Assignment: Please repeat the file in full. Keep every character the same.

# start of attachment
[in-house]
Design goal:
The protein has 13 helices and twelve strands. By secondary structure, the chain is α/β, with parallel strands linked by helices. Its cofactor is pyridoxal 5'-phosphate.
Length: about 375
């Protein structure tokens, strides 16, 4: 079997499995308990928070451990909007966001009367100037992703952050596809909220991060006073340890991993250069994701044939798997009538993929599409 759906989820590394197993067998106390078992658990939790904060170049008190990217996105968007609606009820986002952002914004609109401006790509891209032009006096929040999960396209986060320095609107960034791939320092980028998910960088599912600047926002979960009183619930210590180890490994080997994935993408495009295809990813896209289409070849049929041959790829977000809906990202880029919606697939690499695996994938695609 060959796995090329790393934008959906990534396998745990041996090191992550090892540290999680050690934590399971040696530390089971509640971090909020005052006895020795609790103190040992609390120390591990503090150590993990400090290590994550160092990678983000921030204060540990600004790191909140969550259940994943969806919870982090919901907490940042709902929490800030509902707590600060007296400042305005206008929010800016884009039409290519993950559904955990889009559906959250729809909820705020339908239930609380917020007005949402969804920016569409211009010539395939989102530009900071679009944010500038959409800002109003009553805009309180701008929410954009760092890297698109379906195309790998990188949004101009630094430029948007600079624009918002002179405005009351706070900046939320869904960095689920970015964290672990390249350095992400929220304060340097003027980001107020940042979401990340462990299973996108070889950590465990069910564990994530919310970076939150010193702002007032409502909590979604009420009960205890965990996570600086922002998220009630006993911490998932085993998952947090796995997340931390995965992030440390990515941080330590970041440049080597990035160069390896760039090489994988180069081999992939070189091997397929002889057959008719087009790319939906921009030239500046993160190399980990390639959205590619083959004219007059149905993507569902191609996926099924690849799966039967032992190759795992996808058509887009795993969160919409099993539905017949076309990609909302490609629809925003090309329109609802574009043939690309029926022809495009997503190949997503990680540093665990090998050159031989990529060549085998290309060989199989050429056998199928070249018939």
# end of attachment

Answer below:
[in-house]
Design goal:
The protein has 13 helices and twelve strands. By secondary structure, the chain is α/β, with parallel strands linked by helices. Its cofactor is pyridoxal 5'-phosphate.
Length: about 375
């Protein structure tokens, strides 16, 4: 079997499995308990928070451990909007966001009367100037992703952050596809909220991060006073340890991993250069994701044939798997009538993929599409 759906989820590394197993067998106390078992658990939790904060170049008190990217996105968007609606009820986002952002914004609109401006790509891209032009006096929040999960396209986060320095609107960034791939320092980028998910960088599912600047926002979960009183619930210590180890490994080997994935993408495009295809990813896209289409070849049929041959790829977000809906990202880029919606697939690499695996994938695609 060959796995090329790393934008959906990534396998745990041996090191992550090892540290999680050690934590399971040696530390089971509640971090909020005052006895020795609790103190040992609390120390591990503090150590993990400090290590994550160092990678983000921030204060540990600004790191909140969550259940994943969806919870982090919901907490940042709902929490800030509902707590600060007296400042305005206008929010800016884009039409290519993950559904955990889009559906959250729809909820705020339908239930609380917020007005949402969804920016569409211009010539395939989102530009900071679009944010500038959409800002109003009553805009309180701008929410954009760092890297698109379906195309790998990188949004101009630094430029948007600079624009918002002179405005009351706070900046939320869904960095689920970015964290672990390249350095992400929220304060340097003027980001107020940042979401990340462990299973996108070889950590465990069910564990994530919310970076939150010193702002007032409502909590979604009420009960205890965990996570600086922002998220009630006993911490998932085993998952947090796995997340931390995965992030440390990515941080330590970041440049080597990035160069390896760039090489994988180069081999992939070189091997397929002889057959008719087009790319939906921009030239500046993160190399980990390639959205590619083959004219007059149905993507569902191609996926099924690849799966039967032992190759795992996808058509887009795993969160919409099993539905017949076309990609909302490609629809925003090309329109609802574009043939690309029926022809495009997503190949997503990680540093665990090998050159031989990529060549085998290309060989199989050429056998199928070249018939």